(Payment) Cards on the Table: Is Your Infrastructure Up to the Challenge?
The introduction of new payment types has created a greater need for a strong, flexible card infrastructure than ever before. That’s easy for issuers to lose sight of; mobile services are new, exciting and backed by demonstrable customer demand. Fundamentally, however, mobile services rely heavily on card payments.
Below, Rune Sørensen, at Nets, explores with Finance Monthly the impact that sophisticated card infrastructure can have on mobile-led banking.
All this innovation is pushing and pulling card infrastructures in ways no-one could have predicted a decade ago. Mobile banking, ecommerce integration, loyalty and rewards schemes and even IoT payments all link to cards. That’s a lot to ask of a back-end system.
So the question is: how can issuers balance a need to be perceived as innovative with providing a reliable, compliant and fit-for-purpose payment infrastructure?
Payment revenue is falling, so issuer’s profit margins are being squeezed. Technological change is advancing faster than internal systems can be updated, and the demand for developers with the skills to design and implement back-end solutions is growing faster than supply. As a result, the most forward-thinking banks are taking a critical look at their go-to-market strategies, and questioning if a business model where they design, implement and maintain their own systems is still feasible.
Technological change is advancing faster than internal systems can be updated, and the demand for developers with the skills to design and implement back-end solutions is growing faster than supply.
Take payment gateways as an example. Banks need a payment gateway to the card schemes as they are the backbone of broad e-commerce payment acceptance for their customers, thereby enabling banks to benefit from the international e-commerce market – set to grow to $4.5 trillion by 2021. To avoid locking themselves in with a single scheme, these gateways must also be card scheme agnostic. Issuers now have the choice of whether to develop and maintain these gateways themselves, or to prioritise reliability and time to market by working in collaboration with a trusted partner.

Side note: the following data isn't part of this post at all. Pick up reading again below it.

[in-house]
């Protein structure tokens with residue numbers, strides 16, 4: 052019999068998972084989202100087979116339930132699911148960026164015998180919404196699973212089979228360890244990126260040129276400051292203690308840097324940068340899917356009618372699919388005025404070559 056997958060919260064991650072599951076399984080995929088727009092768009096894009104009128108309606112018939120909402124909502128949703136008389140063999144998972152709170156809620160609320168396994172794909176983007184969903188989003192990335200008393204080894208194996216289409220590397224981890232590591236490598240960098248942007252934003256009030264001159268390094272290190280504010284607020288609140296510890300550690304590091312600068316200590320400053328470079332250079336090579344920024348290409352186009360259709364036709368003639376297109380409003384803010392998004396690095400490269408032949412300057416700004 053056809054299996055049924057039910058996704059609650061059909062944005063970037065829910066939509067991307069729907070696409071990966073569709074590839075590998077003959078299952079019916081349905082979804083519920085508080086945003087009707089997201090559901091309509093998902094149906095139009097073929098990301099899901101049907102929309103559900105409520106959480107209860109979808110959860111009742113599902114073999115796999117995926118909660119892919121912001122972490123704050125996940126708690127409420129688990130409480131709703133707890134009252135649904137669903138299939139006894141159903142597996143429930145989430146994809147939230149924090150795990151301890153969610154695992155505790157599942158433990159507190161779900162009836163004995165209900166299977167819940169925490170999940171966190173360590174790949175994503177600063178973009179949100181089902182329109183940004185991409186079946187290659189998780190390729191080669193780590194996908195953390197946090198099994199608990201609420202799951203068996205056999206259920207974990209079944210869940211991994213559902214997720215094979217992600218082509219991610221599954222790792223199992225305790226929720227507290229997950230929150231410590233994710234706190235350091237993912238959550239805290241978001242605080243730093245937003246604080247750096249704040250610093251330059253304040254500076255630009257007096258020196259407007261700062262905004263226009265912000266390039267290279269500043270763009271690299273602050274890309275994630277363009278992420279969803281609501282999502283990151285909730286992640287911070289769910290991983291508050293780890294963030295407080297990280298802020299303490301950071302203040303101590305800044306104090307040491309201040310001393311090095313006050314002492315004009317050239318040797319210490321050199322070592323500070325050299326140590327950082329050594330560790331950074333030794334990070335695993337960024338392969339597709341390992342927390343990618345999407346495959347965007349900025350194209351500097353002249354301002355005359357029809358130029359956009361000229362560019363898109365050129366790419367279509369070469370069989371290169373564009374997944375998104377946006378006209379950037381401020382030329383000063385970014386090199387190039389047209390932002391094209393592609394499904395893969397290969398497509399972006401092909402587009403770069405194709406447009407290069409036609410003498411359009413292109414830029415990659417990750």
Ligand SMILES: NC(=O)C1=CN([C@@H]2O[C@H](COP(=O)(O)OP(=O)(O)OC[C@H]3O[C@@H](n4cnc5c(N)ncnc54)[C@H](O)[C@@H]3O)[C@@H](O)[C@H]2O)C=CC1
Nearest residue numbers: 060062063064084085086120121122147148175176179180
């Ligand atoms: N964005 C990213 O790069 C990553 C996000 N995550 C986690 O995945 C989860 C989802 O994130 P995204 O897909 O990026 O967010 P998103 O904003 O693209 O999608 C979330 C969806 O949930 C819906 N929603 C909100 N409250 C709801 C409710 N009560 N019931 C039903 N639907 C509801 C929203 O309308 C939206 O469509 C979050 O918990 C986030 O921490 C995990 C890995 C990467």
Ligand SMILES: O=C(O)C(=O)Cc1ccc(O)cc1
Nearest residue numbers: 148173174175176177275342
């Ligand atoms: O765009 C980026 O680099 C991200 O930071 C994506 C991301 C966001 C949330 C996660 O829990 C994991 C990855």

The debate around outsourcing infrastructure has been simmering under the surface for the last few years, and was brought into focus by the Second Payment Services Directive (PSD2). Open banking is bringing huge opportunities to banks because the importance of national borders in the provision of financial services is diminishing. This opens up the market and benefits consumers, and enables banks to target whole new countries of potential customers. However, these opportunities come hand in hand with two significant challenges.
Open banking is bringing huge opportunities to banks because the importance of national borders in the provision of financial services is diminishing.
First, banks must ensure that their payments infrastructure is compliant not only with EU and their own national regulations, but the domestic regulations of any other international markets they intend to enter, as well as the complex and constantly evolving requirements of the card schemes. Card scheme compliance alone is a great responsibility, demanding increasingly more resources as the service portfolio diversifies and becomes more complex, predominantly driven by mobile payment enablement. This is an enormous undertaking – and one difficult to justify when there are dedicated providers of back-end systems offering full compliance for less than it would cost a bank to create and maintain it themselves.
Second, scalability is key. In the increasingly globalised world of financial services, exciting new products must be made available to all customers at the same time, without any of the downtime associated with launching new products and systems. Stability and security are fundamental to banks; innovation alone means nothing.
It’s clear that, in an era where banking and financial services are evolving faster than ever before, banks need to put their money where it counts. A flexible and reliable card infrastructure will be crucial to a successful transition as more and more financial services move to being predominantly mobile – and in the future, maybe even mobile-only.
Although most consumer-facing financial institutions now offer mobile applications, that doesn’t mean that they are ready for a world where smartphones are the primary point of contact with their customers. This is a new reality, and as the industry changes issuers must evolve too. Those that survive and thrive will be the banks that focus on their delivered customer journey and value-adding core business areas – and it’s time to ask if this really includes developing and maintaining back-end systems.
So, put your cards on the table. Is your infrastructure up to the challenge?